Enjoy Monday, and prepare your rain gear. A slow-moving coastal storm system is set to drench the region Tuesday into early Wednesday. Most areas around the D.C. region should pick up between half an inch and an inch of rain.
Rather than a sudden deluge like the one we had a week ago, this rain will come slow and steady. Our lawns, plants and flowers will love it, and need it, after a fairly dry winter and spring.
The storm is also predicted to unload upward of four inches of rain in the Southern Appalachians from western North Carolina to southwest Virginia, where flood watches are in effect. But around Washington, the rain should be gentler and generally more polite — flooding is not expected.
Rain is likely to move into the region during the predawn hours Tuesday and fall throughout the day. The intensity should mostly be light, but moderate bursts are possible.
The rain should become a bit lighter and more patchy by Tuesday night and very early Wednesday.
During the day Wednesday, lingering rain should be spotty as the center of the low-pressure system passes to our north and northeast. A slight chance of showers persists into the afternoon but shouldn’t amount to much. There’s even some chance that skies brighten a bit as the day wears on.
The overwhelming majority of the rain (at least 90 percent) from this system is likely to fall Tuesday.
The National Weather Service is predicting roughly 1.2 inches of rain around the region from this system, with slightly more likely to our southwest, especially in the mountains of Central Virginia, where 2 inches could fall.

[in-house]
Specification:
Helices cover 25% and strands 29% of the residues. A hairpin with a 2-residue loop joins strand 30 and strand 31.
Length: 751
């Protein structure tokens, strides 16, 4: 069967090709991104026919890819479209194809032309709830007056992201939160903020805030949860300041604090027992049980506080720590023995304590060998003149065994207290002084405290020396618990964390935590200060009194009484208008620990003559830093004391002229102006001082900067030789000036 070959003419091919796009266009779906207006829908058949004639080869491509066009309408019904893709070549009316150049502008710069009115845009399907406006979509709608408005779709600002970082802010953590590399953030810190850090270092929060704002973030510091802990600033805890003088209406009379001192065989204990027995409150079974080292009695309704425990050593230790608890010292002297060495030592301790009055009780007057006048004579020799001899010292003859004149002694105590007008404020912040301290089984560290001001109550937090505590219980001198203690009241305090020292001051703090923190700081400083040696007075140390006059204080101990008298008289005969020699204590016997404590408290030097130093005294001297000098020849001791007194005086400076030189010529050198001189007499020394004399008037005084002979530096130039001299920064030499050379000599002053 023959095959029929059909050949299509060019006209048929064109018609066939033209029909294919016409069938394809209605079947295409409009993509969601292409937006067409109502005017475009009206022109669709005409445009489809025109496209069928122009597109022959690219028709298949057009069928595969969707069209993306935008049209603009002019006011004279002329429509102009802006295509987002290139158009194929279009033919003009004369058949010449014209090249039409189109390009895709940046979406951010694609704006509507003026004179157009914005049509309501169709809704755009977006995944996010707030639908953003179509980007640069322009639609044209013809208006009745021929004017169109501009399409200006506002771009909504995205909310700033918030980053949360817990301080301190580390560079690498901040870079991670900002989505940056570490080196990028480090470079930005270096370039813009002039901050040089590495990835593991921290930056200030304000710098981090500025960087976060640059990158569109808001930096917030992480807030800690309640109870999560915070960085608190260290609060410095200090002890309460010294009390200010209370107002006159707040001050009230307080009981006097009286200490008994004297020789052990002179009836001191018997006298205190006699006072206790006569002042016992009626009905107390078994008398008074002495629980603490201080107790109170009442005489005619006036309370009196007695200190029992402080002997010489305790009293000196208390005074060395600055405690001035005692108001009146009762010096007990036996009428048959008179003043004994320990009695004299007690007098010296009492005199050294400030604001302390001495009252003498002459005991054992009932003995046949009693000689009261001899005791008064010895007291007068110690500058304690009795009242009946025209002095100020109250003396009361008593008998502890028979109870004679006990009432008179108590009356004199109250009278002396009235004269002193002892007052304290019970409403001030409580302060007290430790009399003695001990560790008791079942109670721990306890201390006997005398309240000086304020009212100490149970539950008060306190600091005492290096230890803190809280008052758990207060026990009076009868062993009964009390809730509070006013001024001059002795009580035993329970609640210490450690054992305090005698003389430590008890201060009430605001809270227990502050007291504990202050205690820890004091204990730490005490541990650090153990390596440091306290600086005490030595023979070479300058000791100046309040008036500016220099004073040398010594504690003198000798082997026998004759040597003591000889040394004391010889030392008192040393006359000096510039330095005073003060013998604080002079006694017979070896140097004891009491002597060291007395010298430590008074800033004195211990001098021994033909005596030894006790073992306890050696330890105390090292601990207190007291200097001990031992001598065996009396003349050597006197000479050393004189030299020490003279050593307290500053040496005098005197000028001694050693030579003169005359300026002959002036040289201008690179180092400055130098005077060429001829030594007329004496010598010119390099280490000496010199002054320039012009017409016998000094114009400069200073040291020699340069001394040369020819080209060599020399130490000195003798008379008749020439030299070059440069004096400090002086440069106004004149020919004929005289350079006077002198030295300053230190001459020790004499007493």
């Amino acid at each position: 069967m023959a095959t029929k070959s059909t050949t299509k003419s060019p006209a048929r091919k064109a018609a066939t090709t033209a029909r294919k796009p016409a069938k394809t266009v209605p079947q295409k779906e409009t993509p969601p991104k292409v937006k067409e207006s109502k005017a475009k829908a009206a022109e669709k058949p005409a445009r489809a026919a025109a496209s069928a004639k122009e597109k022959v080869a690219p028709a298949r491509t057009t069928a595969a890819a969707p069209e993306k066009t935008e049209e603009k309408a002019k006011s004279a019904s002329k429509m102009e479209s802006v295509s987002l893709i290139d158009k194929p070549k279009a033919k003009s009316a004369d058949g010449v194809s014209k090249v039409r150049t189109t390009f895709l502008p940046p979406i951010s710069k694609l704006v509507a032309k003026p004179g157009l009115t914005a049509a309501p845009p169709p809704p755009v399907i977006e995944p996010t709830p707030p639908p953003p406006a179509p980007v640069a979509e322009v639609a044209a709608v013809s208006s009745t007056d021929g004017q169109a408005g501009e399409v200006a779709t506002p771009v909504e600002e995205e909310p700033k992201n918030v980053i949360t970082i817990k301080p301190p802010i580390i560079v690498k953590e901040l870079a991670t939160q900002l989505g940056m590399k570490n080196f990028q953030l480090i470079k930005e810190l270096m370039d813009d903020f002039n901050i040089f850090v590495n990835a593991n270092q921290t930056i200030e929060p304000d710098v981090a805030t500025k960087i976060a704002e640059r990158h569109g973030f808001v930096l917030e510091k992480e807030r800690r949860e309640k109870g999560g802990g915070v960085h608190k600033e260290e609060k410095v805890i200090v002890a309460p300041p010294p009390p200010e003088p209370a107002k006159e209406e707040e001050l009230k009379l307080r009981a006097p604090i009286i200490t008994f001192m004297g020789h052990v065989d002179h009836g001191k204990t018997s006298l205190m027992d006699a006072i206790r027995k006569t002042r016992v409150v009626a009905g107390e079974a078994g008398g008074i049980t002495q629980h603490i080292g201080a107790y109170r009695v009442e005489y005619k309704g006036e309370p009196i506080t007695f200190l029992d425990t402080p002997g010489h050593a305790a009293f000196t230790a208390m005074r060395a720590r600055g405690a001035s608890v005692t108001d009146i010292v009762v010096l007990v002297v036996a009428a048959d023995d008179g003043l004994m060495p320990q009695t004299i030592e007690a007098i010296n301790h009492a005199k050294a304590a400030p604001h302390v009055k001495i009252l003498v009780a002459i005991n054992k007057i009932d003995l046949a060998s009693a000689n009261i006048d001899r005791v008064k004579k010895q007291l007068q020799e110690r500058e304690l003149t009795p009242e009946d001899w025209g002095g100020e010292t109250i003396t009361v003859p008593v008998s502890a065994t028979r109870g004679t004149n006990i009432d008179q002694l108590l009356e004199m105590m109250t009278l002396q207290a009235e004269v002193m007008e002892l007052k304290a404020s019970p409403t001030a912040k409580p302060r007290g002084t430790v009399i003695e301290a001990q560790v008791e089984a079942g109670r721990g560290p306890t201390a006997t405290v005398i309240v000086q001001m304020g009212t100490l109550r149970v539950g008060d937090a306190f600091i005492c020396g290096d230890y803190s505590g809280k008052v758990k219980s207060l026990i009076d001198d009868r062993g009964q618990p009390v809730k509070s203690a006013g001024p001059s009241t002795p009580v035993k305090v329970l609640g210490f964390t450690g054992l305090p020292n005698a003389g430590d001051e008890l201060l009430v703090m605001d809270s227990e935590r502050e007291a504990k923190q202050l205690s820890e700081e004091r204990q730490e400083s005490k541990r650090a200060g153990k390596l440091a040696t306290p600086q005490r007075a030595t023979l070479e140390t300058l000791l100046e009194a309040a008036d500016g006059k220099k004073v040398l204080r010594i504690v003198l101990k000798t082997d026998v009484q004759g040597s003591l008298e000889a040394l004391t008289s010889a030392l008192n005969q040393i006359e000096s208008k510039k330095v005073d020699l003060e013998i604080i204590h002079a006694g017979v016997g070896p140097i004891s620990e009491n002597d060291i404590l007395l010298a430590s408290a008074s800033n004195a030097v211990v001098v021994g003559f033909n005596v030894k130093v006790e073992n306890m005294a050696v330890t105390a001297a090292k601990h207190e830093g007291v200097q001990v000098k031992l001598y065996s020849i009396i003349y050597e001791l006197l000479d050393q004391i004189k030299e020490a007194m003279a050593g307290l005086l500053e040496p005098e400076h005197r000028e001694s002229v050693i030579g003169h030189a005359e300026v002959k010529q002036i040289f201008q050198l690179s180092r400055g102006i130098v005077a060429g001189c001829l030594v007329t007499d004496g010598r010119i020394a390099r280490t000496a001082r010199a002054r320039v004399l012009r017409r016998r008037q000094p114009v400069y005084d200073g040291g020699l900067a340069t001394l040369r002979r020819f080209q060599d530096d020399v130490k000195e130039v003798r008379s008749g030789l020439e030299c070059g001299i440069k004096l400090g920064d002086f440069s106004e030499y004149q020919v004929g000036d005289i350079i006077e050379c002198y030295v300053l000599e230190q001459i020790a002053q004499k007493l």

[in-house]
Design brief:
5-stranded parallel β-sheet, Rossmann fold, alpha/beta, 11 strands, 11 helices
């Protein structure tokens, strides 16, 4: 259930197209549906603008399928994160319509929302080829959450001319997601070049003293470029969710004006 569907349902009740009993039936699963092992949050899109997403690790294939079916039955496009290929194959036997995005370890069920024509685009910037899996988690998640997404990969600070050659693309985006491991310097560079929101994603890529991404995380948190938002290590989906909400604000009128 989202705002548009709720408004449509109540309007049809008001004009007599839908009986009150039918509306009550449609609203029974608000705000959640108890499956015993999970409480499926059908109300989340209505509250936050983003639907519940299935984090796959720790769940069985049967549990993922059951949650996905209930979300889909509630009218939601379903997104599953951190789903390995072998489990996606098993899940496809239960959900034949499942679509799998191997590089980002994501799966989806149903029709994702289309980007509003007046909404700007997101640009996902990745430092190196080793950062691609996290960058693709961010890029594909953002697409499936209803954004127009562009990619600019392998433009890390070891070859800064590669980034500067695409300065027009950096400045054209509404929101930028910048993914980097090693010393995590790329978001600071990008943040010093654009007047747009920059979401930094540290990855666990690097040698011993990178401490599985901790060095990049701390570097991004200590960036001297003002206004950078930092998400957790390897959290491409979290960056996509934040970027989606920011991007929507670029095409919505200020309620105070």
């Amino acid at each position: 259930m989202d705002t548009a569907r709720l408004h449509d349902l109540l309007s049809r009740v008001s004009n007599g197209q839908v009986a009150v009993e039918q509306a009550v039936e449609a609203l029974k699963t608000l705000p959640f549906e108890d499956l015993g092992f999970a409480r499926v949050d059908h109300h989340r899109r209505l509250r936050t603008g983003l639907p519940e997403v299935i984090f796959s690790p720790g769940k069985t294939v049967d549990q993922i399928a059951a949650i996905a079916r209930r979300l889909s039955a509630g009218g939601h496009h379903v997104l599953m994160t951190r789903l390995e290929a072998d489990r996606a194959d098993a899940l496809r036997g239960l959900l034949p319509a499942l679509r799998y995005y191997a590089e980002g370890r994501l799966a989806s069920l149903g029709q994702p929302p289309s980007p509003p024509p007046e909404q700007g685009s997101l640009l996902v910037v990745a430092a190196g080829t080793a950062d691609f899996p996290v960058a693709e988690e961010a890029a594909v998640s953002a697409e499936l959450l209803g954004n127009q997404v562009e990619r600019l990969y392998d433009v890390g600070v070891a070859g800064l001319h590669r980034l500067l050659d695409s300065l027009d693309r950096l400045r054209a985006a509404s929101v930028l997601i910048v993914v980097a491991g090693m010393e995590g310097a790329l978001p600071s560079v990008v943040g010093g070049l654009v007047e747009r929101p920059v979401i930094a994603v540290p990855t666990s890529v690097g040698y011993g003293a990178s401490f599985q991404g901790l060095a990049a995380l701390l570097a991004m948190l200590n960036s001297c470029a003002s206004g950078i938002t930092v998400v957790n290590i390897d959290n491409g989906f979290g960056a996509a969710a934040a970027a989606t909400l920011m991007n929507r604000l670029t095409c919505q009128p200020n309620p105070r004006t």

Here is what the different models are predicting around the D.C. region:
- Canadian model: 0.6 to 0.9 inches
- European model: 1.2 to 1.4 inches
- GFS model: 0.4 to 0.8 inches
- NAM model: 0.9 to 1.4 inches
We think the European model forecast is a bit overdone and favor the somewhat lower amounts predicted by the other models. We think most areas should expect between about 0.5 and 1.0 inches from this event.
Chipping away at the drought
Following a drier-than-normal fall, rainfall this calendar year is running an inch or two below normal — so the ground is a bit dry and water-depleted. A lot of the heavy rain that fell a week ago came down so hard that it ran off rather than filtered into the ground.
Most of the Interstate 95 corridor through and around Washington is classified as “abnormally dry” by the U.S. Drought Monitor. We even have a pocket of moderate drought through the District, southeast Montgomery and northwestern Prince George’s counties.
If this region picks up an inch of rain, it will bring totals for the year closer to normal, helping to ease these dry conditions.